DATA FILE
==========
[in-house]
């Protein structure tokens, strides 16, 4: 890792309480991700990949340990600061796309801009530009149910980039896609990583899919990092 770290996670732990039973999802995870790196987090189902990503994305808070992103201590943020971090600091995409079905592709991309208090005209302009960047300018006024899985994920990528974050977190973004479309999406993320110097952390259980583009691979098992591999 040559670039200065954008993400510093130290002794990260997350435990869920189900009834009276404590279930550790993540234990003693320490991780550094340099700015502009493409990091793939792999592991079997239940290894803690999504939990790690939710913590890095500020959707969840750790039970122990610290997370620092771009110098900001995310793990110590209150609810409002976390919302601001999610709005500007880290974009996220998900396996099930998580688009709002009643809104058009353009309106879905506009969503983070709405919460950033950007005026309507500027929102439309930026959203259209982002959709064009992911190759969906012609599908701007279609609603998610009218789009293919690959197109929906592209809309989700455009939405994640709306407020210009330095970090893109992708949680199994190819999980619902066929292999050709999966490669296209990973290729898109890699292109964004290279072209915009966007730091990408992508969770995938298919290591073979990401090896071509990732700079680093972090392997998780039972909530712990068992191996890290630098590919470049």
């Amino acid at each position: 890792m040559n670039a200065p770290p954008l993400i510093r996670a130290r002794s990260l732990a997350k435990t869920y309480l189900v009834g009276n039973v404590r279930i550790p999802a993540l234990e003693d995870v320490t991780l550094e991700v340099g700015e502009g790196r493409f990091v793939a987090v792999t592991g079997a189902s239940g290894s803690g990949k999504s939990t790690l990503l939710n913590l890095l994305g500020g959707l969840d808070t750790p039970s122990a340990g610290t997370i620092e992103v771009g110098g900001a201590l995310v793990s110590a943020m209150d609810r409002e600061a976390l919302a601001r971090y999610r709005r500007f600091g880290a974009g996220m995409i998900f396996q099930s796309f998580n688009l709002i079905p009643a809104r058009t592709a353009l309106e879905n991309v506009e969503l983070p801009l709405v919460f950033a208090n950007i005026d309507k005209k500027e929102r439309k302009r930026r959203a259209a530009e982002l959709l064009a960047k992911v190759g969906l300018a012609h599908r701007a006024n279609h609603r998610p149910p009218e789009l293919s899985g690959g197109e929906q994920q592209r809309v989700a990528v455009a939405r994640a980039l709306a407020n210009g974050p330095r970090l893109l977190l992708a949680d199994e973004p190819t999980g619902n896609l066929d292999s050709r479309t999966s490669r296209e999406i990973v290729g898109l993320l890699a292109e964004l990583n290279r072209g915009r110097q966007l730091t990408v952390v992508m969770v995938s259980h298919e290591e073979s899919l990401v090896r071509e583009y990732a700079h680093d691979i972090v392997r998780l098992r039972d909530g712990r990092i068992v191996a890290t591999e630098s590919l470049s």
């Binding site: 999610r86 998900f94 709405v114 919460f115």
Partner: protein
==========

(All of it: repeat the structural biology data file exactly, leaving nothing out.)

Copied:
[in-house]
């Protein structure tokens, strides 16, 4: 890792309480991700990949340990600061796309801009530009149910980039896609990583899919990092 770290996670732990039973999802995870790196987090189902990503994305808070992103201590943020971090600091995409079905592709991309208090005209302009960047300018006024899985994920990528974050977190973004479309999406993320110097952390259980583009691979098992591999 040559670039200065954008993400510093130290002794990260997350435990869920189900009834009276404590279930550790993540234990003693320490991780550094340099700015502009493409990091793939792999592991079997239940290894803690999504939990790690939710913590890095500020959707969840750790039970122990610290997370620092771009110098900001995310793990110590209150609810409002976390919302601001999610709005500007880290974009996220998900396996099930998580688009709002009643809104058009353009309106879905506009969503983070709405919460950033950007005026309507500027929102439309930026959203259209982002959709064009992911190759969906012609599908701007279609609603998610009218789009293919690959197109929906592209809309989700455009939405994640709306407020210009330095970090893109992708949680199994190819999980619902066929292999050709999966490669296209990973290729898109890699292109964004290279072209915009966007730091990408992508969770995938298919290591073979990401090896071509990732700079680093972090392997998780039972909530712990068992191996890290630098590919470049």
């Amino acid at each position: 890792m040559n670039a200065p770290p954008l993400i510093r996670a130290r002794s990260l732990a997350k435990t869920y309480l189900v009834g009276n039973v404590r279930i550790p999802a993540l234990e003693d995870v320490t991780l550094e991700v340099g700015e502009g790196r493409f990091v793939a987090v792999t592991g079997a189902s239940g290894s803690g990949k999504s939990t790690l990503l939710n913590l890095l994305g500020g959707l969840d808070t750790p039970s122990a340990g610290t997370i620092e992103v771009g110098g900001a201590l995310v793990s110590a943020m209150d609810r409002e600061a976390l919302a601001r971090y999610r709005r500007f600091g880290a974009g996220m995409i998900f396996q099930s796309f998580n688009l709002i079905p009643a809104r058009t592709a353009l309106e879905n991309v506009e969503l983070p801009l709405v919460f950033a208090n950007i005026d309507k005209k500027e929102r439309k302009r930026r959203a259209a530009e982002l959709l064009a960047k992911v190759g969906l300018a012609h599908r701007a006024n279609h609603r998610p149910p009218e789009l293919s899985g690959g197109e929906q994920q592209r809309v989700a990528v455009a939405r994640a980039l709306a407020n210009g974050p330095r970090l893109l977190l992708a949680d199994e973004p190819t999980g619902n896609l066929d292999s050709r479309t999966s490669r296209e999406i990973v290729g898109l993320l890699a292109e964004l990583n290279r072209g915009r110097q966007l730091t990408v952390v992508m969770v995938s259980h298919e290591e073979s899919l990401v090896r071509e583009y990732a700079h680093d691979i972090v392997r998780l098992r039972d909530g712990r990092i068992v191996a890290t591999e630098s590919l470049s």
């Binding site: 999610r86 998900f94 709405v114 919460f115």
Partner: protein